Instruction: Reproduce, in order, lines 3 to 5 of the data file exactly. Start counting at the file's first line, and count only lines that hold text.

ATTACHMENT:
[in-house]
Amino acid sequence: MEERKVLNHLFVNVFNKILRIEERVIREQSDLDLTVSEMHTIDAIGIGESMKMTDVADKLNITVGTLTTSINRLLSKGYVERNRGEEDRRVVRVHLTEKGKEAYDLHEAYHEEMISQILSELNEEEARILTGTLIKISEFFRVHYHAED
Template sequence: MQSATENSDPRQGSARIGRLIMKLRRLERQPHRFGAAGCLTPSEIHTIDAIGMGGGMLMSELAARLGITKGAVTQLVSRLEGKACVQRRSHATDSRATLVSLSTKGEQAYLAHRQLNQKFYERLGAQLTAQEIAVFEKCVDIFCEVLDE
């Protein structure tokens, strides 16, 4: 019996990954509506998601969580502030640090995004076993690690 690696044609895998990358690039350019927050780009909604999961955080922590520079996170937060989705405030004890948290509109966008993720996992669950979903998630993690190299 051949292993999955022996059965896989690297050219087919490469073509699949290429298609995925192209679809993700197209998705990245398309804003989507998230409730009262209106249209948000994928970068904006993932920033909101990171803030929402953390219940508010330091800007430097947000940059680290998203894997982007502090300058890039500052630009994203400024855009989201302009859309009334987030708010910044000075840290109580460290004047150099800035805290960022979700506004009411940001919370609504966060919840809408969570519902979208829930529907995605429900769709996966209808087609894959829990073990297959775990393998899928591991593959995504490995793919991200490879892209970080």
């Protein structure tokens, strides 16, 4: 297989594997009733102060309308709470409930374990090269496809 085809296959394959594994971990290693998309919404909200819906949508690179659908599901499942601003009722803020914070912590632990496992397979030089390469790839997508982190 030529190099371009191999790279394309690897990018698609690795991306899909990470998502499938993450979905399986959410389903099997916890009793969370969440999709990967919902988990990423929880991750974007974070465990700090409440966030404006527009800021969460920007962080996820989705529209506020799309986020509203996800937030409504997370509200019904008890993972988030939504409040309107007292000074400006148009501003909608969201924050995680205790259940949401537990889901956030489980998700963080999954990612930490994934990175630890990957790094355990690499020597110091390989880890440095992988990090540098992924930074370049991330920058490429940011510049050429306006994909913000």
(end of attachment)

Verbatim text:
Template sequence: MQSATENSDPRQGSARIGRLIMKLRRLERQPHRFGAAGCLTPSEIHTIDAIGMGGGMLMSELAARLGITKGAVTQLVSRLEGKACVQRRSHATDSRATLVSLSTKGEQAYLAHRQLNQKFYERLGAQLTAQEIAVFEKCVDIFCEVLDE
């Protein structure tokens, strides 16, 4: 019996990954509506998601969580502030640090995004076993690690 690696044609895998990358690039350019927050780009909604999961955080922590520079996170937060989705405030004890948290509109966008993720996992669950979903998630993690190299 051949292993999955022996059965896989690297050219087919490469073509699949290429298609995925192209679809993700197209998705990245398309804003989507998230409730009262209106249209948000994928970068904006993932920033909101990171803030929402953390219940508010330091800007430097947000940059680290998203894997982007502090300058890039500052630009994203400024855009989201302009859309009334987030708010910044000075840290109580460290004047150099800035805290960022979700506004009411940001919370609504966060919840809408969570519902979208829930529907995605429900769709996966209808087609894959829990073990297959775990393998899928591991593959995504490995793919991200490879892209970080």
């Protein structure tokens, strides 16, 4: 297989594997009733102060309308709470409930374990090269496809 085809296959394959594994971990290693998309919404909200819906949508690179659908599901499942601003009722803020914070912590632990496992397979030089390469790839997508982190 030529190099371009191999790279394309690897990018698609690795991306899909990470998502499938993450979905399986959410389903099997916890009793969370969440999709990967919902988990990423929880991750974007974070465990700090409440966030404006527009800021969460920007962080996820989705529209506020799309986020509203996800937030409504997370509200019904008890993972988030939504409040309107007292000074400006148009501003909608969201924050995680205790259940949401537990889901956030489980998700963080999954990612930490994934990175630890990957790094355990690499020597110091390989880890440095992988990090540098992924930074370049991330920058490429940011510049050429306006994909913000």